#7  Joy is a product of my circumstances.
#8  My spouse can/should  make me truly happy.
#9  My marriage is immune to the possibility of divorce.
#10 My  marriage isn't all that important.

I'll expand on this topic more in another post......



For more information about the North Carolina Homeschool Conference and Book Fair, go to www.conference.nche.com



 

Tuesday, May 22, 2012

Cupcakes - Kindergarten Graduation

I had fun playing around with decorations for the cupcakes for our homeschool group's Kindergarten Graduation last weekend. I made 7 1/2 dozen cupcakes - Cookies N Cream, Banana Puddin', Strawberry Cream, and Vanilla White Chocolate.



 These are the Cookies 'n' Cream cupcakes ( white cake studded with chunks of Oreo cookies, topped with vanilla bean buttercream )
To make the topper, I used red, blue, and yellow candy melts.  Each color was placed in a plastic icing bag and microwaved for about 20 seconds, kneaded, then about 20 seconds more and kneaded until smooth..  Snip off tip of bag and squeeze out letters onto a sheet of waxed paper. Do one color, let harden for about 10 minutes, then do next color. 


Vanilla cupcake filled with marshmallow filling, topped with white chocolate buttercream.. The graduation cap topper is made from a mini Reese's peanut butter cup, and chocolate covered saltine cracker, and fruit roll-up for the tassle. I used some melted chocolate chips to "glue" it all together.


Banana cupcake filled with banana pastry cream, topped with banana cream cheese frosting.  For the topper, I used a small star cookie cutter to cut the star out of yellow-tinted fondant.





Strawberry cupcake with strawberry cream cheese frosting.  Diploma scroll topper is white fondant, cut into a small rectangle and rolled. then I cut a thin ribbon of fruit roll-up to tie around it.


I was happy with the way these turned out.








Wednesday, May 16, 2012

Common Sense: Young Children NEED Their Parents

I was recently talking with a young mom whose 3 children were all preschoolers.  Her oldest was approaching "school age", and she was considering homeschooling but had a lot of questions.  I love talking to people about homeschooling and I think questions are GREAT.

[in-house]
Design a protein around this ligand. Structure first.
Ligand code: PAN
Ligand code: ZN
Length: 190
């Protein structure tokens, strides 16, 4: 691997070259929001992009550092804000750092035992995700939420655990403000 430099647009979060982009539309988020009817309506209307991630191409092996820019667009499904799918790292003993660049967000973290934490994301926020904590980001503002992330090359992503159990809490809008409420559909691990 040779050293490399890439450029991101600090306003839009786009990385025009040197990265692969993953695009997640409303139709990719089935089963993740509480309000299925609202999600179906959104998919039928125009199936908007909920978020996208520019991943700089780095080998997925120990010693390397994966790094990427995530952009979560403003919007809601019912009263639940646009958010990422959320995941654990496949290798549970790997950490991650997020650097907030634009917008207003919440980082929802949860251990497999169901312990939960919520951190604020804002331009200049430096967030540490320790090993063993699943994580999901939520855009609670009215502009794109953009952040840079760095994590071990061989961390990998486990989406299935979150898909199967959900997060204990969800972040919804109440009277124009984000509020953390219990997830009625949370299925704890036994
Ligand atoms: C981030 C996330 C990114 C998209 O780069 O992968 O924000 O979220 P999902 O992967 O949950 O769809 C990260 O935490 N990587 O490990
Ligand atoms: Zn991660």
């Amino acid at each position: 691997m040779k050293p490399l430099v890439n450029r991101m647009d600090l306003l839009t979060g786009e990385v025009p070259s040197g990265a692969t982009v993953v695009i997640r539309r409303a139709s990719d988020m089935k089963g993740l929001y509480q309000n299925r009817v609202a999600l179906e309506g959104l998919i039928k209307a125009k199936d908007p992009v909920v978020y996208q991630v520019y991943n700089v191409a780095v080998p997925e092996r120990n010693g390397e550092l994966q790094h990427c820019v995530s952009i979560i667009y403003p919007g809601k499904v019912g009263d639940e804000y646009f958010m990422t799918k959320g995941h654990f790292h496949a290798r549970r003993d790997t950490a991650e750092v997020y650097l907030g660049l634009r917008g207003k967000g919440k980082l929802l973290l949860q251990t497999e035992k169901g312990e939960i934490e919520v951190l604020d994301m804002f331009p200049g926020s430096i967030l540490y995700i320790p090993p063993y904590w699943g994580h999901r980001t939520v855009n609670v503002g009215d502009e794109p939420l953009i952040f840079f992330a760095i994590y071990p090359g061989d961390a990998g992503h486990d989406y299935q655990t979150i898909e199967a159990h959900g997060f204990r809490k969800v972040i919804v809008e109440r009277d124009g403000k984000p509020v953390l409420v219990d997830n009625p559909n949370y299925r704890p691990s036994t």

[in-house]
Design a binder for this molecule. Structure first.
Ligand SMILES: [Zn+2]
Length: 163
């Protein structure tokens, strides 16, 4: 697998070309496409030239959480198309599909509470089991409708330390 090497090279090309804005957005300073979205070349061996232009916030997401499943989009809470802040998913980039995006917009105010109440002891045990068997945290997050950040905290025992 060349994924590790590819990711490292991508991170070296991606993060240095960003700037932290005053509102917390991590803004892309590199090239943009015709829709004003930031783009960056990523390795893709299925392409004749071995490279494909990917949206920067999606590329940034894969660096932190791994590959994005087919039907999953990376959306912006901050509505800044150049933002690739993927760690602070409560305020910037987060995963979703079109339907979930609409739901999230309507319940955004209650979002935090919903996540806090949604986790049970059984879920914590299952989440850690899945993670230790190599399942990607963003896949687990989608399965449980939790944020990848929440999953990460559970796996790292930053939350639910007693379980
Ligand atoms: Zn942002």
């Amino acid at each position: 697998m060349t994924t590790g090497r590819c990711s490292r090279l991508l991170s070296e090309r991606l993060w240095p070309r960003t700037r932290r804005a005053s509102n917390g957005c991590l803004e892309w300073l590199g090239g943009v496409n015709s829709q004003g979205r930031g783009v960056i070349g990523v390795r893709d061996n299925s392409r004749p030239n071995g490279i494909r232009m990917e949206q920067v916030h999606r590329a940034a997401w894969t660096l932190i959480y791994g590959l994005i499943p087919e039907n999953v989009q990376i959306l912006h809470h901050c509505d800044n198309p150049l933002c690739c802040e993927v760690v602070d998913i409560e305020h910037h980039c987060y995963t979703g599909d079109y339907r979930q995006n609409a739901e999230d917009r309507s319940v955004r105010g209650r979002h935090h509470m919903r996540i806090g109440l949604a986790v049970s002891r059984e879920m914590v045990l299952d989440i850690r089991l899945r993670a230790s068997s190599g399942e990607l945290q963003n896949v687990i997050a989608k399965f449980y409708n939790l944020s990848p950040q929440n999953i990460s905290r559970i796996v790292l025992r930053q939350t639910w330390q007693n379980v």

Anyway, this mom was concerned because her child was rather clingy and didn't like being away from her, and people around her were telling her that this child NEEDED to learn to be away from her.  So obviously, homeschooling was a terrible idea because how would her child learn to be independent and to get along  with others, right?

hmmmm.

I looked this mom in the eyes and gently said, "It is perfectly normal for your preschooler to want to be with you.  Young children are SUPPOSED to want to be with their parents. Young children NEED their parents. That is God's design."

It was like the weight of the world fell off of this precious mama's shoulders.  Her whole face lit up as she whispered, "You're right!"

We talked about the many ways that a mother can teach her child social skills as they are out and about in their community, shopping, going to the library, going to church, going to the post office.

"When you are with mommy,  it is safe to answer a stranger when they say hello.  Look in the person's eyes and say hello. Great job!"

"It's not polite to point at people and say things about them, honey. It might hurt their feelings."

"Don't forget to say 'please' and 'thank you'.



Our society has decided that experts should raise children, and parents must peel those tiny, trusting fingers off of their own and  "separate" themselves from their babies.  Then the parents will be FREE -  free to pursue their own interests, go out and make a buck (so they can send at least half of the paycheck to the government ), go to the gym, volunteer,  or do other very important stuff.  And some "expert" - thoroughly immersed, of course, in the most progressive child development theories - can worry about raising those kids.